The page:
Rusty Barnes’s Mostly Redneck, is, in fact, not “mostly redneck,” at least not in the way most would think of “redneck.” There are a few yokels, some pickups, a shotgun, but the pages are not inhabited by slack-jawed, one-overall-strap-loose, hill folk. The stories in this collection follow real people in all situations. For instance, in “This is What They Call Adventure,” Bob, who is simple, feeds the hens and meets a girl:
Once when Bob looked up, they were—all of those girls—standing in a line with their shirts off and their boobies pointed at him. When they saw that he saw them, they broke and ran, laughing, except for Matalia, who looked like a movie person to Bob; long brown hair, vinyl-blue eyes; her thick glasses hid nothing from Bob.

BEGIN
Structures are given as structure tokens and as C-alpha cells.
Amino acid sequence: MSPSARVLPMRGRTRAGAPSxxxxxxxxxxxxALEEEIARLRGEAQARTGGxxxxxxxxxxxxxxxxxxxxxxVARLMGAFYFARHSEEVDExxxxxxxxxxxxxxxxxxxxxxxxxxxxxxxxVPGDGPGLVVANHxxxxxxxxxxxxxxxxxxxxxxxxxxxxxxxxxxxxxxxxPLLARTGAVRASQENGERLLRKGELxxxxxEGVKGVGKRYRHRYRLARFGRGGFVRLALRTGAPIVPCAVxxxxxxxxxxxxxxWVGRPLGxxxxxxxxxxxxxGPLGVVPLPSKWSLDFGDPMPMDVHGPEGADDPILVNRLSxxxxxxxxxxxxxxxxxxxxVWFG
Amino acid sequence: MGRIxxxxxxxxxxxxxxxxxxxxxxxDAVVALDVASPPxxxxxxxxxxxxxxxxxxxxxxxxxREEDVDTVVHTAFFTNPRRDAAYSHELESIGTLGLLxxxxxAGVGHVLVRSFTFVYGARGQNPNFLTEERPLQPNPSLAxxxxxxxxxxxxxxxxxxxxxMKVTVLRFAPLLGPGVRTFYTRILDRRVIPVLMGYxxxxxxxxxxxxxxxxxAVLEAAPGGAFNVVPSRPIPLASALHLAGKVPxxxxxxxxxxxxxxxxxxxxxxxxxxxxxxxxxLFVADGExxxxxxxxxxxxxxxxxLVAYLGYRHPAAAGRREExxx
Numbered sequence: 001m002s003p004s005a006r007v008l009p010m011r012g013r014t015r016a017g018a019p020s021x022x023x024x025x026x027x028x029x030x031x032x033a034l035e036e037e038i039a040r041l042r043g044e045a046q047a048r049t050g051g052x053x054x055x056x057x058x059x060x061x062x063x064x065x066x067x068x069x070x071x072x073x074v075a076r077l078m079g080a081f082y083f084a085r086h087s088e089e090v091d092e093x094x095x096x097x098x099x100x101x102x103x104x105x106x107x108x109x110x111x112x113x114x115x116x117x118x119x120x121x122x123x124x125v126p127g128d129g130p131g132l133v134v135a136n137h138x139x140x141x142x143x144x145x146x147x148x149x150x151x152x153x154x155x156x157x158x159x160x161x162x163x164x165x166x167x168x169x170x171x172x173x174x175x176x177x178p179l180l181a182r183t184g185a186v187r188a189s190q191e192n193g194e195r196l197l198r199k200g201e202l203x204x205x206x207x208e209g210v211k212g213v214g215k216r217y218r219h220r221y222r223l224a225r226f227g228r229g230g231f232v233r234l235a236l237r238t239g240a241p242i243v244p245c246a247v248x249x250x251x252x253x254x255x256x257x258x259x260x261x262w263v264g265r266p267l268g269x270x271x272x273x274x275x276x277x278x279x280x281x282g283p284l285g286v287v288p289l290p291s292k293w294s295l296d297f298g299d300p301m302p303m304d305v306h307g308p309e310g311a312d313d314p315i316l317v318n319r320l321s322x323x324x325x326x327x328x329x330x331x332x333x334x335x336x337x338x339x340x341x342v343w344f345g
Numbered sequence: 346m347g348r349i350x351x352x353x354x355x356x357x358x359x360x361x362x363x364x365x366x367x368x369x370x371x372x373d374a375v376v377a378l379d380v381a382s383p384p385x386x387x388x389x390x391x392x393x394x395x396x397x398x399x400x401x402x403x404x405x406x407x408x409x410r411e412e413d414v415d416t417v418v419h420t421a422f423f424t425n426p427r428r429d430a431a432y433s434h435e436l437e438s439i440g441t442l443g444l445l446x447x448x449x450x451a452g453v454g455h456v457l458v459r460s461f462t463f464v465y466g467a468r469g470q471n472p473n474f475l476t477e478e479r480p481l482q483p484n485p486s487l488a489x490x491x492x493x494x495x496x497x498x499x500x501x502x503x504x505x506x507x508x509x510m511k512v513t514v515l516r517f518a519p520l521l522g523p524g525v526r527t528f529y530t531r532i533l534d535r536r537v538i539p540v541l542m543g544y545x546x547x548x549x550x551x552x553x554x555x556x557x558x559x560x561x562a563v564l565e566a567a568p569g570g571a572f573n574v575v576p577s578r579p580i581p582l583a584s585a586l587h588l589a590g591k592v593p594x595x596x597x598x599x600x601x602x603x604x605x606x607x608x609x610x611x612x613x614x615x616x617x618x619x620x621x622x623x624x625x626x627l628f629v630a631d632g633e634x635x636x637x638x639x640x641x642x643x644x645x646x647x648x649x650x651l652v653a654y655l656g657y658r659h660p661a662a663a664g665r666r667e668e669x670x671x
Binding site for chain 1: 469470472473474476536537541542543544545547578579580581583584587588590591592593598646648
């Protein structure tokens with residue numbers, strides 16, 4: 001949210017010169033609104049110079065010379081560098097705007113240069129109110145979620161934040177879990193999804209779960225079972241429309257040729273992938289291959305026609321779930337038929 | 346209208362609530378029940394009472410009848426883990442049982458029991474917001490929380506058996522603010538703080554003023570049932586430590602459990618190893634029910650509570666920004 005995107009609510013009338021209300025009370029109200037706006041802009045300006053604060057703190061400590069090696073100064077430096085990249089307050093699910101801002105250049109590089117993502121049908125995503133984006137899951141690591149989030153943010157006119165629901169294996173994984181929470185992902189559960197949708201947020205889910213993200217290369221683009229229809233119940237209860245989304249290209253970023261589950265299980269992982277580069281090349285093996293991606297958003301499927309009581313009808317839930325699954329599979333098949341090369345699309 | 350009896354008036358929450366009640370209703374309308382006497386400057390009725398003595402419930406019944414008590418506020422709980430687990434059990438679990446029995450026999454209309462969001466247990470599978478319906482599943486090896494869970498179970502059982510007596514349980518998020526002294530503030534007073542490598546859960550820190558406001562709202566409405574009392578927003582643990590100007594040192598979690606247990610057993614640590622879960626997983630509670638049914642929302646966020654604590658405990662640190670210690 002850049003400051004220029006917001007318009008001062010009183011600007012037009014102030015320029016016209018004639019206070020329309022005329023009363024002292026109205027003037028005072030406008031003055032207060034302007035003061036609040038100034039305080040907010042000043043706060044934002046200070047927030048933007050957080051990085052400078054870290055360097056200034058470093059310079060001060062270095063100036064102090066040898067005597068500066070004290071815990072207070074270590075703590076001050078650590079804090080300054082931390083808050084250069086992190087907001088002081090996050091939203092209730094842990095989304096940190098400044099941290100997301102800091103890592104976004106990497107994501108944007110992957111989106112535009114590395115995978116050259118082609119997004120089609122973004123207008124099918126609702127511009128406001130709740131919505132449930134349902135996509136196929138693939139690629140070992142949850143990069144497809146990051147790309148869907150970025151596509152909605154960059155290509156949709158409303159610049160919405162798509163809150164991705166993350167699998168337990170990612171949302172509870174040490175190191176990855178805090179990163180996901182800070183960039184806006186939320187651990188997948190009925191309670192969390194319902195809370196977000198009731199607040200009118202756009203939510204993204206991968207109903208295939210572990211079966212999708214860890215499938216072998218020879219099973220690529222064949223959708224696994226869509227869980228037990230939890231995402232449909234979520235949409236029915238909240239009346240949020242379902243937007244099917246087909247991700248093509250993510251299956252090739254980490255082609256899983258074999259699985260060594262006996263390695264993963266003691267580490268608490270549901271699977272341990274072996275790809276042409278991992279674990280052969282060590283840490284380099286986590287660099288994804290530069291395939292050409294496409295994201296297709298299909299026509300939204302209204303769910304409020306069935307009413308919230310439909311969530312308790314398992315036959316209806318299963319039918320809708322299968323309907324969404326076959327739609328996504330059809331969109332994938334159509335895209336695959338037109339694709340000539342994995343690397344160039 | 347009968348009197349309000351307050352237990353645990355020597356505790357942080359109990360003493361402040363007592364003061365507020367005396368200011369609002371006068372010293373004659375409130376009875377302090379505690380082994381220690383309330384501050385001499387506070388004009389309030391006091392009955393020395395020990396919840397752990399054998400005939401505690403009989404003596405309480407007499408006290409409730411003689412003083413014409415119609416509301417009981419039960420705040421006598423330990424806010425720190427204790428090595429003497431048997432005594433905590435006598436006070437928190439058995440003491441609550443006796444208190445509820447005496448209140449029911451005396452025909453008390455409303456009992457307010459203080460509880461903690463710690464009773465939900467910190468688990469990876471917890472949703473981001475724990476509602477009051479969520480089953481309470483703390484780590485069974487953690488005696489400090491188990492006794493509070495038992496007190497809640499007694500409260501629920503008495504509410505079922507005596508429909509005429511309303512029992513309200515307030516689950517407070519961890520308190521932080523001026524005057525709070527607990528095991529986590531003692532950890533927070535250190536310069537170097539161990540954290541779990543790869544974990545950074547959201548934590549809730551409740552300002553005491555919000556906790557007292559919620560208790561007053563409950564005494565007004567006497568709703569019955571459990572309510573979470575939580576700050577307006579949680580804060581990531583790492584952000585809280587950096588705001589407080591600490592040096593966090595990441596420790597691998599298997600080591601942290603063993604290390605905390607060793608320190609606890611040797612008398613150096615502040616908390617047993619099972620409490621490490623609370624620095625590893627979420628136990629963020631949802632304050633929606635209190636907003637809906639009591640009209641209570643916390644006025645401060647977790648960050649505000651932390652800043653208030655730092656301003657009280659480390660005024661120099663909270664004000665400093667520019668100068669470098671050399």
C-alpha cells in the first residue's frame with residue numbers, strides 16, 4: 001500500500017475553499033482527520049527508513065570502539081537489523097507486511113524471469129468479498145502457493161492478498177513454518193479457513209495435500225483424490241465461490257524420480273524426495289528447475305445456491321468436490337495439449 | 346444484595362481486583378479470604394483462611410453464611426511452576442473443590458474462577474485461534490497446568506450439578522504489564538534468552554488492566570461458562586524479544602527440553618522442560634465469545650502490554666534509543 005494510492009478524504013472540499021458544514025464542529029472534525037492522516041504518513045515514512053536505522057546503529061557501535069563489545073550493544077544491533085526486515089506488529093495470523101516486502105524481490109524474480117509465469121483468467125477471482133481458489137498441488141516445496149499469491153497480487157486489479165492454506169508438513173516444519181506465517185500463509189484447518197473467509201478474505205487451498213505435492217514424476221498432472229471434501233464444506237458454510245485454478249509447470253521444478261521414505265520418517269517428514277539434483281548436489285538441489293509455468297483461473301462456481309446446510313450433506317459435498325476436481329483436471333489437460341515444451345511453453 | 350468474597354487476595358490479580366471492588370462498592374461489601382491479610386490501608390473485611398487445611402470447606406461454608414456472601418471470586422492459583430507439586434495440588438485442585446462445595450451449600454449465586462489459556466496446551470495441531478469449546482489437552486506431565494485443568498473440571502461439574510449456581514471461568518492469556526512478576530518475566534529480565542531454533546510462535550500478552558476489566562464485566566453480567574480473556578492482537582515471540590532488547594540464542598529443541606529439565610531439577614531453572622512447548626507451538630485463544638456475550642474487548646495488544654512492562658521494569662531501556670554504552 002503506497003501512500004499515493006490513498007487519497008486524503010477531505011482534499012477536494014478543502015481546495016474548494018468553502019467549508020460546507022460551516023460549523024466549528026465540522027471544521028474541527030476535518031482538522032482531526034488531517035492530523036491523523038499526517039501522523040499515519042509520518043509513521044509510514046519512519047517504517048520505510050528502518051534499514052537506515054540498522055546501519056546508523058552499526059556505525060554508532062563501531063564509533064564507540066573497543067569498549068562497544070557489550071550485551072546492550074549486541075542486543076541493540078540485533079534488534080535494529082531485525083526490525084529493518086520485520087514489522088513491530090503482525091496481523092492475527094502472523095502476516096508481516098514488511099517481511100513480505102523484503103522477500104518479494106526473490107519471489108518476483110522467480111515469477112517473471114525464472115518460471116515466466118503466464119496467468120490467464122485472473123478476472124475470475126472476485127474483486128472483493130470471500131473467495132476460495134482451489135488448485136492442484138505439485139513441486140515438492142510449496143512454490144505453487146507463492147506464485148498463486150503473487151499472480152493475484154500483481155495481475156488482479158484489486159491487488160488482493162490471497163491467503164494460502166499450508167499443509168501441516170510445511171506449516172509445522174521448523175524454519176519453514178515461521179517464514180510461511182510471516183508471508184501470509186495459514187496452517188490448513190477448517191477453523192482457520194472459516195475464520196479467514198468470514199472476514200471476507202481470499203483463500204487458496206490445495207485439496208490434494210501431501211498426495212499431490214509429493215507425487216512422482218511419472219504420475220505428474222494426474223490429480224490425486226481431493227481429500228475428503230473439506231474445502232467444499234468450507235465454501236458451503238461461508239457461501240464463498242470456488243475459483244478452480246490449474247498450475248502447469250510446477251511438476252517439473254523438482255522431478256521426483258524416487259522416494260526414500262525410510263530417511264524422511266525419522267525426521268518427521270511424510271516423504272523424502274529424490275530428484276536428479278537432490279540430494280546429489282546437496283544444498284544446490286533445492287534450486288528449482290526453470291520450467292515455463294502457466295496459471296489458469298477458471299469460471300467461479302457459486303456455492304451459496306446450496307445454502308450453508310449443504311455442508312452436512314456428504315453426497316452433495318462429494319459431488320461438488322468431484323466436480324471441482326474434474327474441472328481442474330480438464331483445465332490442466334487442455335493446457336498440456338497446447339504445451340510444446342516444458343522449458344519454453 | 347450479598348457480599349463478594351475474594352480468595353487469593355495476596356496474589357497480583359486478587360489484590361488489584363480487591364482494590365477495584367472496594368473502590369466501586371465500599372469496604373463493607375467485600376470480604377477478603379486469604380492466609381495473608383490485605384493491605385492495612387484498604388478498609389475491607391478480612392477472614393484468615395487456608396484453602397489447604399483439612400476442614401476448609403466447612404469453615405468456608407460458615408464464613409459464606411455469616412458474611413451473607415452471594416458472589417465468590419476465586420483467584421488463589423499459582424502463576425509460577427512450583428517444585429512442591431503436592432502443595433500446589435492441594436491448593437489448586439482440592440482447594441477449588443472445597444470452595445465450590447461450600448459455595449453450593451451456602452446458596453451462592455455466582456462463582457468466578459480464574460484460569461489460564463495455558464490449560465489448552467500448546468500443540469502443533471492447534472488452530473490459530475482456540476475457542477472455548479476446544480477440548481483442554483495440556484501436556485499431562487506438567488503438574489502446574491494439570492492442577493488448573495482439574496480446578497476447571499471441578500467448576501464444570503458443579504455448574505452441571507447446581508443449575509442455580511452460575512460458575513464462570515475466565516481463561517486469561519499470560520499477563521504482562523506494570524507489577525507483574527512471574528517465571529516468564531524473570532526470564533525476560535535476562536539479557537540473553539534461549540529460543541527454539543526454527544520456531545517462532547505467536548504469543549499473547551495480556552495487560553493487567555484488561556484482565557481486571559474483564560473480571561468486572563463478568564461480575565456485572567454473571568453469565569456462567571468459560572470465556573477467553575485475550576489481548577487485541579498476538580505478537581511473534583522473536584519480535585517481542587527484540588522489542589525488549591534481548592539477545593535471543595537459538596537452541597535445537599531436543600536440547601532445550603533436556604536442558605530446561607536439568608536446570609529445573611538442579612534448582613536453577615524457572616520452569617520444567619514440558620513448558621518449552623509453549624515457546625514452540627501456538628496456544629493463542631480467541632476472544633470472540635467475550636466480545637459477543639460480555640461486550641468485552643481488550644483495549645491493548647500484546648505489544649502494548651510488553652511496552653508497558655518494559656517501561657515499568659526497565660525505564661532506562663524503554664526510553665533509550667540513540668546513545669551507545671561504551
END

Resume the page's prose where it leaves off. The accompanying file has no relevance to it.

This and seventeen other short stories are told in direct, no-nonsense prose and rely on each other, creating an overall personality for the characters in the collection: observant, not directly in the action, impacted but separate. This collection is best read in a few bursts, perhaps alongside a novel, but not all at once. Each character and story has a weight which makes this impossible in a pleasing way. Mostly Redneck is perfect for the reader who likes to lay aside and digest.